WHO are your students? Consider their age, grade level, etc. My students are working age adults the average age about 35 And this is college level.
WHAT do you want them to learn? What are the content, skills, or ideas you want your students to come away with? ex: Underlying causes of the U.S. Civil War; Programming procedures; Pre-algebra understanding of variables I want them to learn history firsthand. The content is history but learning history skillfully through gameplay. The ideas I want them to come away with our depreciation of breaking difficult cultural decisions which may differ from the actual history, that is, counter history.
WHERE are students playing the game? What is the context? Are they playing the game and discussing it in more than one context? ex: At home; In a 6th grade Computer Science classroom; On the bus on their phone I would see them playing it for about one hour in a four hour class session. There is a possibility though which the game allows and that is to play online against other players.
WHY this game? What mechanics make it suited for this topic? ex: Role-playing as Abraham Lincoln, making decisions; Programming simple robots to complete game goals; Puzzles that require algebraic thinking to complete. The mechanics make it possible for students to make decisions about civilization and how history will unfold for them. They need to make decisions so that their civilization will survive and even flourish if possible.
HOW are you implementing the game? How are the learning goals of the game integrated into your activities and goals? ex: Before instruction, as a thought starter; As an in-class competition to stimulate peer learning; As extra credit or enrichment for a struggling student. The game is implemented as a part of the course in history. The game is integrated in that students are required to learn history but they should see it in a more personal way by building their own civilization. Peer learning is important because students need to learn the game and they can help one another and they need to compare their civilization with others.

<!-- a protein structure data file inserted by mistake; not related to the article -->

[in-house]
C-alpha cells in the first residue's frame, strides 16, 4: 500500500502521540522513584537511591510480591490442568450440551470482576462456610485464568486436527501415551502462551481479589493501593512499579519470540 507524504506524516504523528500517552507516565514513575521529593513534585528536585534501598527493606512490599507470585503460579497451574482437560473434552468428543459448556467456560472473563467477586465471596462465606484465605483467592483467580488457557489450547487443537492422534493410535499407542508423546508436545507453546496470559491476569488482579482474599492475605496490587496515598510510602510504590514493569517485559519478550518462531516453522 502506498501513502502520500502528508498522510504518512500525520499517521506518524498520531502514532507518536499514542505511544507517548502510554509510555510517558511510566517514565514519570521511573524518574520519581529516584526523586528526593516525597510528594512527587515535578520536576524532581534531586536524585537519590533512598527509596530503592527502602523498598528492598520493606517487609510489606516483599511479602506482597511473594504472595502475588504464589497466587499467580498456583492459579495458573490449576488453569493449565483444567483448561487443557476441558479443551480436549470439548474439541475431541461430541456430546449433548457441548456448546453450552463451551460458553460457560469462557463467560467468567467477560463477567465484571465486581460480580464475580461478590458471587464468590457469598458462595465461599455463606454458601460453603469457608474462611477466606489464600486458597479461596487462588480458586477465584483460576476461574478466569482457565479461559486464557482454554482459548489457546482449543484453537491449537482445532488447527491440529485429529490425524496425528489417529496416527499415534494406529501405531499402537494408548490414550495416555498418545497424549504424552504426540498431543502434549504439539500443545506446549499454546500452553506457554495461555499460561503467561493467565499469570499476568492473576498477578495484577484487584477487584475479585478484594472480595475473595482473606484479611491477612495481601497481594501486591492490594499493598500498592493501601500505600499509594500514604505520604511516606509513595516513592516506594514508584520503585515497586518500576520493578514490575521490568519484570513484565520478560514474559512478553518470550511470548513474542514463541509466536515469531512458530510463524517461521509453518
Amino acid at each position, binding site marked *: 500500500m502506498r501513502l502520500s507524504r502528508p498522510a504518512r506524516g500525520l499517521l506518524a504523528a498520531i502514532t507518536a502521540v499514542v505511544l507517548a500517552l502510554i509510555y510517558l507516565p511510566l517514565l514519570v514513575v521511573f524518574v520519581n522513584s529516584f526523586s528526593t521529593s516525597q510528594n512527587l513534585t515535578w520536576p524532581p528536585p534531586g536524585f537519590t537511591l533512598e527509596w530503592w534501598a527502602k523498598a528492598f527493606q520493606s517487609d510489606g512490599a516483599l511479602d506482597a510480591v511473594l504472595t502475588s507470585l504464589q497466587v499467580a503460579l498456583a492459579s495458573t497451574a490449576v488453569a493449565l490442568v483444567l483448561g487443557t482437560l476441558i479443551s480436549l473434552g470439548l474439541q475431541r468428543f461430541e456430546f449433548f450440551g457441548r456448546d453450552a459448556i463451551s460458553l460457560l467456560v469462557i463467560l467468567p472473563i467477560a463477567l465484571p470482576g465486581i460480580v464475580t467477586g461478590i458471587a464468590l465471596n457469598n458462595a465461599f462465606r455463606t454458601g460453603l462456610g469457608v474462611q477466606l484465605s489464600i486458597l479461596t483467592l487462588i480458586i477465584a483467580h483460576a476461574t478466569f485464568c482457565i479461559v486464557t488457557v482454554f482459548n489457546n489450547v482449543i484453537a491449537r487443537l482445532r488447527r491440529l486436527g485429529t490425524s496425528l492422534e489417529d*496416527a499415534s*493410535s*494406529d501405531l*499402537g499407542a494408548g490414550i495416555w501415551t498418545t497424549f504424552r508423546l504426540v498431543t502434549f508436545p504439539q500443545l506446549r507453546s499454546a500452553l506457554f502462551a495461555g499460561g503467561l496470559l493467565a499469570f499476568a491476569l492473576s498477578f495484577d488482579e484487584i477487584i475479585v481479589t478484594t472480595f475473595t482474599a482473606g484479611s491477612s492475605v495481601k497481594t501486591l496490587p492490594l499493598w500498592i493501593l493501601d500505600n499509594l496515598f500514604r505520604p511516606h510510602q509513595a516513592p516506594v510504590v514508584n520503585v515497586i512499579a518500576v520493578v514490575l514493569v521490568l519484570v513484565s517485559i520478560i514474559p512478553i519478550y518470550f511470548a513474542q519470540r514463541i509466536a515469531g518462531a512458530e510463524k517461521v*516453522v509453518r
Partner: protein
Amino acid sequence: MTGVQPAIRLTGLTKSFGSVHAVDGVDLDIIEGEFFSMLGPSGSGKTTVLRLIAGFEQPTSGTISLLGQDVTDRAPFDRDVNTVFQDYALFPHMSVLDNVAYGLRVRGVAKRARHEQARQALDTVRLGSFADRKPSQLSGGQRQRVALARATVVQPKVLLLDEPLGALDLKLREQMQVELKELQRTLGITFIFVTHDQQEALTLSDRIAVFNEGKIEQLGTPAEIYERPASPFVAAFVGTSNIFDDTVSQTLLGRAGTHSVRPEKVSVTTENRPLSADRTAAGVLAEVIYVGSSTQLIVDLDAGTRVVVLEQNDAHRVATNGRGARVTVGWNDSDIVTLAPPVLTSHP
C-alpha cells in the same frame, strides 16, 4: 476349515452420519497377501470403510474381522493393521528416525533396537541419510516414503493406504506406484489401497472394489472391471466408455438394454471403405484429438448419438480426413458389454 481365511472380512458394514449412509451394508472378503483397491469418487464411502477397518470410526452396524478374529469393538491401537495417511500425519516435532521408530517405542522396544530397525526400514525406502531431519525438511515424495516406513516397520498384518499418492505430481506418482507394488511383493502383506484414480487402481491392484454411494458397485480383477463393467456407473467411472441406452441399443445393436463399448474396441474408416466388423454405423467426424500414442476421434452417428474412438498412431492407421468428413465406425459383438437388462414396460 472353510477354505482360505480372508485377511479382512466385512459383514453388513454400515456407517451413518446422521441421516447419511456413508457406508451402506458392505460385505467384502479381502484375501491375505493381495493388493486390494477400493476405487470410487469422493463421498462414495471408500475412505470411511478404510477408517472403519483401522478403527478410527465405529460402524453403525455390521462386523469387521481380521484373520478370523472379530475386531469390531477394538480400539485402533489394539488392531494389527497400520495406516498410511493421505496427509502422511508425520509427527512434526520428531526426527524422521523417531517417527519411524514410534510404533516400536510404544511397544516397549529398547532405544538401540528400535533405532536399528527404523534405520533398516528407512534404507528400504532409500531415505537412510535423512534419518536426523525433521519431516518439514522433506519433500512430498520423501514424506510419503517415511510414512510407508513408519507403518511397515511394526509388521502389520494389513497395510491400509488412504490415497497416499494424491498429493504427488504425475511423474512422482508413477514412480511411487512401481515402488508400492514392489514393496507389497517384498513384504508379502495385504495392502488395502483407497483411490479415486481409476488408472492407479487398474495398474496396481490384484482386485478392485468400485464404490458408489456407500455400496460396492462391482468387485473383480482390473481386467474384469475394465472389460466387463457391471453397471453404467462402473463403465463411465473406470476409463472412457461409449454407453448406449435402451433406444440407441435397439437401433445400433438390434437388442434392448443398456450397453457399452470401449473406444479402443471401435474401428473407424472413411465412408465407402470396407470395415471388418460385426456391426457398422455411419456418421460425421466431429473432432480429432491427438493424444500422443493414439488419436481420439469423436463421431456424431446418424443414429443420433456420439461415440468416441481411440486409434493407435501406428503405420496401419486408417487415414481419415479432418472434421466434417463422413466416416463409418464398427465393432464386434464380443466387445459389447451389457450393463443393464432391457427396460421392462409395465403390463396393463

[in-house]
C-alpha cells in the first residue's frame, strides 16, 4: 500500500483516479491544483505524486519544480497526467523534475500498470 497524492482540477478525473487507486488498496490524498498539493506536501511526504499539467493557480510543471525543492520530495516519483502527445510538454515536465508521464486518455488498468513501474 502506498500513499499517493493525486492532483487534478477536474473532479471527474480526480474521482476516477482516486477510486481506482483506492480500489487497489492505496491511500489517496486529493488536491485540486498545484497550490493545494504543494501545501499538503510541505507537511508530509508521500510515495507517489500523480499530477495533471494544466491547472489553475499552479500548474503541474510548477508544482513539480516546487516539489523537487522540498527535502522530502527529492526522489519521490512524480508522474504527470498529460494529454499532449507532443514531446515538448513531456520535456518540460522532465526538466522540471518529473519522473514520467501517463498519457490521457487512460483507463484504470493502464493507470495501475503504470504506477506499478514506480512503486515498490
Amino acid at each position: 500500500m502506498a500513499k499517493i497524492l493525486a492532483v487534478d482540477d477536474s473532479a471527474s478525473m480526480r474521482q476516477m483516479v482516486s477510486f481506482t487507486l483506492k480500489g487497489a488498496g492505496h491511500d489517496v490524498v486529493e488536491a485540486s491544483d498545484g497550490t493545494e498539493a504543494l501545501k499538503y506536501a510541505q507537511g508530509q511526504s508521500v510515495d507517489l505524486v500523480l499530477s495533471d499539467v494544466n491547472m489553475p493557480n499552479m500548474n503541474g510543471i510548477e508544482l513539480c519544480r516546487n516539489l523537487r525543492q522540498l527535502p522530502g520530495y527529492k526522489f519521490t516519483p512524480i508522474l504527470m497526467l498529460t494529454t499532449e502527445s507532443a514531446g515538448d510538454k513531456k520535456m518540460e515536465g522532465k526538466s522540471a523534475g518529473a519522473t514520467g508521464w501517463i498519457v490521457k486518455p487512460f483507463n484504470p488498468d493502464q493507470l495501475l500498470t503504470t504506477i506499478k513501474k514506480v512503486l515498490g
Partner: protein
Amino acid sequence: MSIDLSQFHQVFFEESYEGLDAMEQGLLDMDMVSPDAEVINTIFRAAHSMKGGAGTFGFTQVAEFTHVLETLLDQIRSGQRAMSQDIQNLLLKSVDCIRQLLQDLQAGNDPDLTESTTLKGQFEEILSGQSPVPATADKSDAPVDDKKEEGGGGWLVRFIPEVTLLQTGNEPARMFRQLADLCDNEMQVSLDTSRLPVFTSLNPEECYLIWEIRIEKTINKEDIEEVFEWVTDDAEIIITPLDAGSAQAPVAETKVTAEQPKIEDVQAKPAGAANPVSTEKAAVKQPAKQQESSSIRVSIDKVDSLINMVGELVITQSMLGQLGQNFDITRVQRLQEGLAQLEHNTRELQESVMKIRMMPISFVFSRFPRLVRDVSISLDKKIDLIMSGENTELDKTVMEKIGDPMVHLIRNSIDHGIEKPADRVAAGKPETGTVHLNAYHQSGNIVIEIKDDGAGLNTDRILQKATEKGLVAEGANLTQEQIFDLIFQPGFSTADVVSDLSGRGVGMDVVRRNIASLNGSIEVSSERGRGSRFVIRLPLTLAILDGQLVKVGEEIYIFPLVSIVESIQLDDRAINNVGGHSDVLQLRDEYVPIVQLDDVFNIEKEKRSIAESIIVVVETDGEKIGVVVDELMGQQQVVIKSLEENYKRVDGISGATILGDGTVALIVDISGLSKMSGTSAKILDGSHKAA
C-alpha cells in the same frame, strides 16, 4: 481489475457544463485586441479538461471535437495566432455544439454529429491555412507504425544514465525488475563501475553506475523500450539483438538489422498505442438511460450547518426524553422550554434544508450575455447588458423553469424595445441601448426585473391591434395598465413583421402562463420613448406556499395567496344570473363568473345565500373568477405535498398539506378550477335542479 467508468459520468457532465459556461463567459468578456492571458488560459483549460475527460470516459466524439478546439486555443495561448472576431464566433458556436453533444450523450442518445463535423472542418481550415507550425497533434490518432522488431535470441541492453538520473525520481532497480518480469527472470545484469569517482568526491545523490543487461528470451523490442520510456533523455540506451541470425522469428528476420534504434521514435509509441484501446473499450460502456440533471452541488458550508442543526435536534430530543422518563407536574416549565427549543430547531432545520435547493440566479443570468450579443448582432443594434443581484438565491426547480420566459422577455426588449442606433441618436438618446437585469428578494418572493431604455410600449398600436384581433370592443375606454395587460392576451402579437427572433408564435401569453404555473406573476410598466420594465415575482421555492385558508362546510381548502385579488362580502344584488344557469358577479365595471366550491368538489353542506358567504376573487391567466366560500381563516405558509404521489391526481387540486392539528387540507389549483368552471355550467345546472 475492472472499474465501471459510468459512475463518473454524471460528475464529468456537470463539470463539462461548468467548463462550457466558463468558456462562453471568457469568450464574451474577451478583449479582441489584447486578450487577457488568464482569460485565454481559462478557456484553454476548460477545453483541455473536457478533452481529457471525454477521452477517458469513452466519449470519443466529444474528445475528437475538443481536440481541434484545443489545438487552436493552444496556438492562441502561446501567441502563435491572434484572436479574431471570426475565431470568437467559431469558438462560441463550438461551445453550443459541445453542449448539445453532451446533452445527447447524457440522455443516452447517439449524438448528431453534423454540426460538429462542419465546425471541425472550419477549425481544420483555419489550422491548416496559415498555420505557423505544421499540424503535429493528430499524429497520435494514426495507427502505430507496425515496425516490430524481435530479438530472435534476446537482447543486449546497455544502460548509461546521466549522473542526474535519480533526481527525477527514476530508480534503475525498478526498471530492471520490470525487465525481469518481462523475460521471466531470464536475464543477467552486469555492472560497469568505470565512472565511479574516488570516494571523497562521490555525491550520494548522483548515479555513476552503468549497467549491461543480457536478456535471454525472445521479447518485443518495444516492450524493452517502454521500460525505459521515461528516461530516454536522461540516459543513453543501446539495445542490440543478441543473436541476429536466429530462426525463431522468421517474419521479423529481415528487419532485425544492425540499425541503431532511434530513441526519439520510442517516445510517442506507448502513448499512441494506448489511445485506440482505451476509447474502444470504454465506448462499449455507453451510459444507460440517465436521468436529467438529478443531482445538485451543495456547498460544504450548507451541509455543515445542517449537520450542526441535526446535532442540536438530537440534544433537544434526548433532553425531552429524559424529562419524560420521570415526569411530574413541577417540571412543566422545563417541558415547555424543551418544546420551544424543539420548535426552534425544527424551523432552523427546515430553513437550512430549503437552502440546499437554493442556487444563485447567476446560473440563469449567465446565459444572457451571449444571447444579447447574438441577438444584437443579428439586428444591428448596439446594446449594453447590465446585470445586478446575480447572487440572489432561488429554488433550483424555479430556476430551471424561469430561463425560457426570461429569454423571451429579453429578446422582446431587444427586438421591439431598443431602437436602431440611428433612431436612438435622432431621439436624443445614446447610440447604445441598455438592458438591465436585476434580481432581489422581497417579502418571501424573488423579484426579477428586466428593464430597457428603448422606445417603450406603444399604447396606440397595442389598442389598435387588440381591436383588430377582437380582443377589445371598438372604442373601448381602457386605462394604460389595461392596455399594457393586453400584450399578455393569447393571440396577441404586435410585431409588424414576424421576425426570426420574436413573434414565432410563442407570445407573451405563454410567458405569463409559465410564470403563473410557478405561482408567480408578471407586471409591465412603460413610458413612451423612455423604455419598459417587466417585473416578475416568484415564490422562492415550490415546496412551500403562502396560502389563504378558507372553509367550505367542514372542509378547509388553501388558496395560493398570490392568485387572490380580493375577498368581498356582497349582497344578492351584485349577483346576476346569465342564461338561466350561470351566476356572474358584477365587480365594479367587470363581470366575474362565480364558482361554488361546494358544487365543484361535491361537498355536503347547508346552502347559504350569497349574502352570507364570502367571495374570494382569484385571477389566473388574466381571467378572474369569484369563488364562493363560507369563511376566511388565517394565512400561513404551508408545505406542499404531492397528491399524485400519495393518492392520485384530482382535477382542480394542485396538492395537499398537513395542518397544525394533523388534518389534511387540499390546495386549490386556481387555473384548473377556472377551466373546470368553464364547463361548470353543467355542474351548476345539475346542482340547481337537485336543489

As above, you need not create more than a page or a few minutes of video to make your point(s). Post your curriculum to a filesharing website (see our list if you don't already have a service you use), then post a link in your post in the forum. Check out how your peers responded. BE SURE TO MAKE THE DOCUMENT PUBLICLY VIEWABLE so that you classmates can see your work.
Guidance for Peer Feedback: Provide feedback to the two participants whose posts appear below yours. If those participants have already received feedback, look for participants who have not received any. Follow the Peer Review Feedback guidelines and consider the following: In your opinion, is this game suitable considering the subject matter and the identified students? Has the participant explained why this game will enable students to learn the desired subject/content? Do you think the game serves its purpose? Has the participant considered issues related to the implementation of the game? Examples: Would this game just be played once or would the students come back to it later? Would the students play the game with a limited population or everyone?